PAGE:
I think the site is wonderful. I have of course just had to read all the latest news, etc. It all just hold me and I can't explain the overwhelming compassion - if that is the right word - that overcomes me. It all makes me feel so humbled.

I have just spent a few hours looking through your website. What a project! Did you ever count the hours that you'd spent? Very well done! I cannot believe that many towns have such a comprehensive memorial project.

We have a membership of several thousand veterans and we think your site is one of the best we've seen. I think it's a fascinating read, with information regarding those who have fallen, from Dover. I particularly liked the family aspect of some of the memorial notes and pictures which really bring to life the human aspect of remembrance.

Thank God we have remembrance day and people like yourself who devote so much time to our fallen brothers and sisters.

I found an ancestor from World War One on your site and ended up spending quite a long time reading all the tributes to the fallen heroes, and also the interesting information about [xx] which I found extremely fascinating.

I have been trying to find a contact for my cousin for years. I wasn't even sure she was still alive. It's amazing what the DWMP website can do! I am very grateful to you.

There are three shining  examples of the Big Society happening here in Dover: the TSS Dover initiative, The Dover War Memorial Project, and the People's Port. These are examples of citizens banding together to initiate or take over enterprises that the State either doesn't run for the benefit of the community or doesn't want to do at all, and to operate them on a not-for-profit basis for the benefit of the town and its heritage.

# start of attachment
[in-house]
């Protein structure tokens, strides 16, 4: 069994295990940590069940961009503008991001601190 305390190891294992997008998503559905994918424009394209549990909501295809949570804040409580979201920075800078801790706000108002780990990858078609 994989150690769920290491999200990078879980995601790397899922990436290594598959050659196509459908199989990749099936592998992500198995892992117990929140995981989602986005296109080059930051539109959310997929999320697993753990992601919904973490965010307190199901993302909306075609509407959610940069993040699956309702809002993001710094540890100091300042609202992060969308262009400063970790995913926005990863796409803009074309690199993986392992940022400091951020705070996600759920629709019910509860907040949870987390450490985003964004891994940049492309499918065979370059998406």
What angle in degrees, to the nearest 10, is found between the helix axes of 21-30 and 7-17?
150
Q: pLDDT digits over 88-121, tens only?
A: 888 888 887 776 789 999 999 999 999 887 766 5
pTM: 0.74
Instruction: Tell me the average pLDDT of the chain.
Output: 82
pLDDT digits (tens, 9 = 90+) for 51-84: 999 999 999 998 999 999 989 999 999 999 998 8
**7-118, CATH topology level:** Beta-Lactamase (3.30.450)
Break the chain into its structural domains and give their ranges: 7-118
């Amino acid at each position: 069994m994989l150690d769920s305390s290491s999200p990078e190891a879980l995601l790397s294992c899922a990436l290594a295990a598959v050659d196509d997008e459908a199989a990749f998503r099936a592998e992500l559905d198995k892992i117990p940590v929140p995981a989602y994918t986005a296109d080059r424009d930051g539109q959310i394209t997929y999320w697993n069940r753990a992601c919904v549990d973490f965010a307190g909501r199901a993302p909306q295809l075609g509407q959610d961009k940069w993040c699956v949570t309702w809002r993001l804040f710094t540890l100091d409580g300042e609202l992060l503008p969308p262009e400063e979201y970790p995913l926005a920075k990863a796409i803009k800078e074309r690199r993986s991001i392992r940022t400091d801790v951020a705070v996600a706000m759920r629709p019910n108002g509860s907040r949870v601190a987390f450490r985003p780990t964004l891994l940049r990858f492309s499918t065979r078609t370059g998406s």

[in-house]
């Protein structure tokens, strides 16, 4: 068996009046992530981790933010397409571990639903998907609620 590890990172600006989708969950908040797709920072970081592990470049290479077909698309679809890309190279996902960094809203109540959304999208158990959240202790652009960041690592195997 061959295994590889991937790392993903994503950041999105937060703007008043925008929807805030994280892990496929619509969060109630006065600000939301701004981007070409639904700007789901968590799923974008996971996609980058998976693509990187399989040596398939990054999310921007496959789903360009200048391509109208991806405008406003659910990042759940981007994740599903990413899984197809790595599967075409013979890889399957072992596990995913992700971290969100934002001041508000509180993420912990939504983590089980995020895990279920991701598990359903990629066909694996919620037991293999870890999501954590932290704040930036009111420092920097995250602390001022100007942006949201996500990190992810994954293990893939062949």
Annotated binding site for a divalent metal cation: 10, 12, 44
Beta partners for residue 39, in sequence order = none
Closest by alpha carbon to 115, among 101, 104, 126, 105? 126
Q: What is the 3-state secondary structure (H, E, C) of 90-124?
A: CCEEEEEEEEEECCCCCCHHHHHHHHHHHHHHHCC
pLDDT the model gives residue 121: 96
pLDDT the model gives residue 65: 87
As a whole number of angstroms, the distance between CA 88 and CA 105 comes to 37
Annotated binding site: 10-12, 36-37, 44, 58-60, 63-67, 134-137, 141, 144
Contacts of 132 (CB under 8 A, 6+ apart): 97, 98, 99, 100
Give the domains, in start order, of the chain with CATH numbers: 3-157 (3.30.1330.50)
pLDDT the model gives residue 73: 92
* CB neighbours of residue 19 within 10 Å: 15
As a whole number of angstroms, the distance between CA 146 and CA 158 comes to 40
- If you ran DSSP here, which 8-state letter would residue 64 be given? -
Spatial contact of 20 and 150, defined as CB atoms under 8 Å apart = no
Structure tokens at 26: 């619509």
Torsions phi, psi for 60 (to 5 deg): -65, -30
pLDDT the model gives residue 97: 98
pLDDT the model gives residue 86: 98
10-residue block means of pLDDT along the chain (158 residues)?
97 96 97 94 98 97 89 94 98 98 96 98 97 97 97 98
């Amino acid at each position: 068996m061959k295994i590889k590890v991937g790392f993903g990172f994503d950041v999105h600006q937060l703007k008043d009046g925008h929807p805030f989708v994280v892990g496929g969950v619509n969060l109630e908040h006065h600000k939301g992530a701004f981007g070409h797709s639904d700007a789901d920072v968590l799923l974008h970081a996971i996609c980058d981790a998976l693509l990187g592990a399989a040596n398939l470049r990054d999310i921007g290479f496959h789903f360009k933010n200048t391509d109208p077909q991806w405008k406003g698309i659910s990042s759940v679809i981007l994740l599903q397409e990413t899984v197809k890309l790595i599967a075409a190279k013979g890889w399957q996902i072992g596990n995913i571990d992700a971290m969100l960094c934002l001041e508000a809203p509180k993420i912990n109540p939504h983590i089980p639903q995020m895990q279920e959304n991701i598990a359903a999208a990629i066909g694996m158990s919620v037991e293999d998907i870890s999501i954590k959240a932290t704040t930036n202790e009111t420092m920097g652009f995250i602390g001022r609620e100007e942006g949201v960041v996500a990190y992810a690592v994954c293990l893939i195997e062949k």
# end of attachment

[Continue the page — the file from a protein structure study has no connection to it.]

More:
I am really grateful to Maggie for the memorial and photos she included on the DWMP website of my family.

It's great that you, Simon, and the DWMP is gaining all this recognition. It's been hard worked for and I'm proud to be part of the great Band of Brothers and Sisters of the DWMP Volunteer Division.

I think you were the best speaker we have had for a long time, and that is the truth, not flannel. We all have someone in our families that either fought in the Wars or worked on the Home Front so your talk affected everyone in this room. It was a real success.

Congratulations on your talk to our Society. Well done.

I think the work that your project is doing really would be wonderful throughout England. Great work and you should all be very proud.